But oddly, even though Shadows and Fog may be Allen's most sex-work-positive movie, it's also in some ways his most cliched. The hookers are certainly full of laughter and pleasure and fondness for one another, but they also have a strong streak of hardness, mistrust, and disillusionment. They're full of contempt and cynicism, towards men in general and their customers in particular, and they're jaded and hopeless to the extreme about life and, most especially, about love. And when one woman, Irmy (Mia Farrow) is given refuge in the brothel and decides to turn the first trick of her life, it's seen as a fall of sorts, a loss of innocence. When Jack is bargaining with her, one of the other hookers (Lily Tomlin -- interestingly, none of the hookers are given names) tells him, "Some people can't be bought, not for any amount of money," and it's kind of a sad moment when she's proven wrong. And even the reasonably nice customer, Jack, comments afterwards about how most prostitutes have a "used, jaded quality." The clear impression is that the brothel is a refuge from the harshness of life -- but this refuge is an illusion, created by people who have become hardened and jaded, and whose job it is to convince you that they feel affection and pleasure for you when what they really feel is dismissal and contempt.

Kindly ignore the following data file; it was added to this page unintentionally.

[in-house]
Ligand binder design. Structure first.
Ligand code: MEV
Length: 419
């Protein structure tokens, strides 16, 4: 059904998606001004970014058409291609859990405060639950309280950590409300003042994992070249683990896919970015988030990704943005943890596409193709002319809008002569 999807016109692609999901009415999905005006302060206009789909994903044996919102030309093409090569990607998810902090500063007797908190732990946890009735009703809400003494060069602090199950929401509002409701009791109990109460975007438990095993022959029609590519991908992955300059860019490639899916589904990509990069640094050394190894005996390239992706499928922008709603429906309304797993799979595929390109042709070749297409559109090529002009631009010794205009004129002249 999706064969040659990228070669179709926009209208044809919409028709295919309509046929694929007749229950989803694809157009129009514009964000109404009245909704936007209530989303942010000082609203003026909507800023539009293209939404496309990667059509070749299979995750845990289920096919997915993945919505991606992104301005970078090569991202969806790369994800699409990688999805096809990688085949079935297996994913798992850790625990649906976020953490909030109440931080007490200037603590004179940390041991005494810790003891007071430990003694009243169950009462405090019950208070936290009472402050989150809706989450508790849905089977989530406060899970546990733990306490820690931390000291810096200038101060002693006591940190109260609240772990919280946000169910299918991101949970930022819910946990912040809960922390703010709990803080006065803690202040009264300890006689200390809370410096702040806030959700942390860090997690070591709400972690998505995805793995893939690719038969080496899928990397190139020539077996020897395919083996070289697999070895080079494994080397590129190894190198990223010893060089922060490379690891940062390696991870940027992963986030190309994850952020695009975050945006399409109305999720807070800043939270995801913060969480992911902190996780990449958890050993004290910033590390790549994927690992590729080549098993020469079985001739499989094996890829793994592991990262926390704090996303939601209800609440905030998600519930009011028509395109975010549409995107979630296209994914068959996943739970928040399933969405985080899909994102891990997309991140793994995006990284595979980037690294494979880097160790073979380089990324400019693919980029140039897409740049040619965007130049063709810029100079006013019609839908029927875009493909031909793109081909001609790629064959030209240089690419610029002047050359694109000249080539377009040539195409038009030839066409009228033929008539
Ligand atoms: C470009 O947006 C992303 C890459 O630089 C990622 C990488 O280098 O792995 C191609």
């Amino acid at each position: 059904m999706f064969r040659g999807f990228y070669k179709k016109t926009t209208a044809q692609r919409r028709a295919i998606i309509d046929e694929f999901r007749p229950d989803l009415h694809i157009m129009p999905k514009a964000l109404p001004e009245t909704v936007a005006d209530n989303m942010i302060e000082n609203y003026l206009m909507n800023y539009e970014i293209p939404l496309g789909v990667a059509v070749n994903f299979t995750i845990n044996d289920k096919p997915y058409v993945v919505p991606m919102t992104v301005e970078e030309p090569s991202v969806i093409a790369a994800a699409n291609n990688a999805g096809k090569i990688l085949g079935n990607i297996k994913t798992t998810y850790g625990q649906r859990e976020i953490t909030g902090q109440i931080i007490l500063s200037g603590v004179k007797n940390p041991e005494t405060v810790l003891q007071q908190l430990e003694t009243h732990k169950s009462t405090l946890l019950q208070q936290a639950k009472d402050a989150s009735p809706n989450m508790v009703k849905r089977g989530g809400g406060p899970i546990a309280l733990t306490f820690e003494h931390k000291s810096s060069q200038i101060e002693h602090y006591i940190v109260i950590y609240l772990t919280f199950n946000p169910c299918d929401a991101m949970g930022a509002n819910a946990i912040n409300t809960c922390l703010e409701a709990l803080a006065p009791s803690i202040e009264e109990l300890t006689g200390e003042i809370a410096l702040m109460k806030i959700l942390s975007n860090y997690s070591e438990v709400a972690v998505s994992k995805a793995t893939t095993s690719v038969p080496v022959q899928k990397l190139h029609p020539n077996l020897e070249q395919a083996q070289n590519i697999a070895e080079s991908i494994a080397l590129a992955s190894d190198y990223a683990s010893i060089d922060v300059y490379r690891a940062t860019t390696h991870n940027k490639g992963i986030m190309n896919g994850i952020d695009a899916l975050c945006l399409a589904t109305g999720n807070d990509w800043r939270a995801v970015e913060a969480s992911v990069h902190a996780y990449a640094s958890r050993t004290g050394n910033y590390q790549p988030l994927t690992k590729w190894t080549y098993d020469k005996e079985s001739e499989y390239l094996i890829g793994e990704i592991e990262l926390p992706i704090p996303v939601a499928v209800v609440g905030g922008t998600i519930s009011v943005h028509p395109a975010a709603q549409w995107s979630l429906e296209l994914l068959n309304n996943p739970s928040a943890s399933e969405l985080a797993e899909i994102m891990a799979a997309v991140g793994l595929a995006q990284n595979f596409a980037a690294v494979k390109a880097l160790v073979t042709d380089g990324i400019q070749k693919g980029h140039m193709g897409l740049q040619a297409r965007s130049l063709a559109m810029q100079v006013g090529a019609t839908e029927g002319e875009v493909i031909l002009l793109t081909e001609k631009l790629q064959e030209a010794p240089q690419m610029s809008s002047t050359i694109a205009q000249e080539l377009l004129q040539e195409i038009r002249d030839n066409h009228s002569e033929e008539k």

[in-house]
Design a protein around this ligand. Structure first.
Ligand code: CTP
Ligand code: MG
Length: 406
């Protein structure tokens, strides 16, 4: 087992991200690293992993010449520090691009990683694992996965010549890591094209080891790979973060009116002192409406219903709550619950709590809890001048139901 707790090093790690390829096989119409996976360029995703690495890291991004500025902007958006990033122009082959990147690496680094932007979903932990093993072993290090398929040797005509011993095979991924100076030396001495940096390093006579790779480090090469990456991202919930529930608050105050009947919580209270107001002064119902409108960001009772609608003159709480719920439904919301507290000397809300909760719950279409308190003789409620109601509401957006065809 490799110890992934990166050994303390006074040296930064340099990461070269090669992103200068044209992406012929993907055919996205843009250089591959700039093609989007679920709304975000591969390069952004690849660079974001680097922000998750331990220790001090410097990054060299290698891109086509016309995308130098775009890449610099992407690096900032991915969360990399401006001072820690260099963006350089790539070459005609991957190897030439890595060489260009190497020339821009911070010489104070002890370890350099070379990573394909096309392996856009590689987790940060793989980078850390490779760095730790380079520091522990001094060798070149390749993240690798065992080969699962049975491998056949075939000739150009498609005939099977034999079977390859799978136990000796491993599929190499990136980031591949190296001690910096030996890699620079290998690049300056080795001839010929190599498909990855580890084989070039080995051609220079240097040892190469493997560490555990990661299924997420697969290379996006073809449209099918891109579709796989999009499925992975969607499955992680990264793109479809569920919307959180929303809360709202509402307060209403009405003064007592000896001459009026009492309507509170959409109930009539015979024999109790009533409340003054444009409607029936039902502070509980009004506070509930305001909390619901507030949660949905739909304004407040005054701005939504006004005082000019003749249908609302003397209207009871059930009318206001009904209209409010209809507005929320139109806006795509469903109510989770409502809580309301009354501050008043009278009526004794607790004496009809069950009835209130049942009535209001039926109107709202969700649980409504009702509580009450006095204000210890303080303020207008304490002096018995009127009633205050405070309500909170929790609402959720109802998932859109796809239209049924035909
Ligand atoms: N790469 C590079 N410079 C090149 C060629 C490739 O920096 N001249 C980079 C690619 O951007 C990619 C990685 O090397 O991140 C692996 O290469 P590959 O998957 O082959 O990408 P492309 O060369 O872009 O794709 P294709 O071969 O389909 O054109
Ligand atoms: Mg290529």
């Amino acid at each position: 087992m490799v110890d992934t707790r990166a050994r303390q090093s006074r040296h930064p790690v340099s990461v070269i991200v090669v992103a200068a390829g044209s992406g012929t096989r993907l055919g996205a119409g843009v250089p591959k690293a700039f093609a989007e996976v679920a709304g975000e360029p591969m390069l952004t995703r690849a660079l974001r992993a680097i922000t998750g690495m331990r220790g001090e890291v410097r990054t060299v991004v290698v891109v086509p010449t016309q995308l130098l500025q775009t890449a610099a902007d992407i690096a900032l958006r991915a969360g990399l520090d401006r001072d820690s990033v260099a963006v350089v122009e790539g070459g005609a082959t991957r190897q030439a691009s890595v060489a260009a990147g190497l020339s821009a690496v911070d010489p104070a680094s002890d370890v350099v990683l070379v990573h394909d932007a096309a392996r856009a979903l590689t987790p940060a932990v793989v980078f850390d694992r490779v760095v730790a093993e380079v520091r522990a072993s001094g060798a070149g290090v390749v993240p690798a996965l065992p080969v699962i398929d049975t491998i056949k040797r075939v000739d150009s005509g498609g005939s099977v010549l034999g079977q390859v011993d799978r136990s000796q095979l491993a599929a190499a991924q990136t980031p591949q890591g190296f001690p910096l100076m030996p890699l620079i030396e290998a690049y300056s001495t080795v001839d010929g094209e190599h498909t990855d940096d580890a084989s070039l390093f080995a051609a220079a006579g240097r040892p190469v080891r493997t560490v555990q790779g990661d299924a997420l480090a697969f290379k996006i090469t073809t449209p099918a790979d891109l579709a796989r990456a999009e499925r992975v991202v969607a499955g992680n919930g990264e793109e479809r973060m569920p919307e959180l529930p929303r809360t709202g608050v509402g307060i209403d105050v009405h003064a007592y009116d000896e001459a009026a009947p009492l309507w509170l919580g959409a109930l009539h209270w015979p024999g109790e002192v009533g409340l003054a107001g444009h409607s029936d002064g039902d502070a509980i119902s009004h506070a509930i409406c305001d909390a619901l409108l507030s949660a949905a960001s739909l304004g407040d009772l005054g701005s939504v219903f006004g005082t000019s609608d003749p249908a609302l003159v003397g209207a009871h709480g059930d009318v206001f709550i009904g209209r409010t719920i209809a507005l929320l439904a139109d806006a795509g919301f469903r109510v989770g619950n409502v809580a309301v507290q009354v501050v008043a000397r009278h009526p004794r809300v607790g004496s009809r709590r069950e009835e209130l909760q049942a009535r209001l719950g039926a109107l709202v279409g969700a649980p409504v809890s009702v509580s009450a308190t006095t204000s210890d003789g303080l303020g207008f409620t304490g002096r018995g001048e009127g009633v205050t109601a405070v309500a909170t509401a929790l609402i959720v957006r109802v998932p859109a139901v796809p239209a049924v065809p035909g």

Like I said, it's a really odd mix, and the mix has changed in some interesting ways over the years. From the prostitute as jovial but jaded provider of illusory pleasure, to the prostitute as sweet-natured but screwed-up mess needing to be saved by a knight in shining armor, to the prostitute as wise and with-it supplier to self-centered and screwed-up customers, with a detour through dumb, greedy, selfish floozy along the way... well, now that I think of it, the development isn't just in the way Allen sees sex work. It looks an awful lot like the development in the way a lot of people see sex work. I guess this shouldn't be too surprising: even the most original artist is a product of their culture, and while artists (especially mass-media artists) certainly can influence and affect and even radically change the attitudes of the world around them, they sometimes just act as mirrors of those attitudes. Maybe -- hopefully -- the mirror can, in the long run, be an agent of influence and change as well.

Copyright 1998 Greta Christina. Originally published in the Spectator.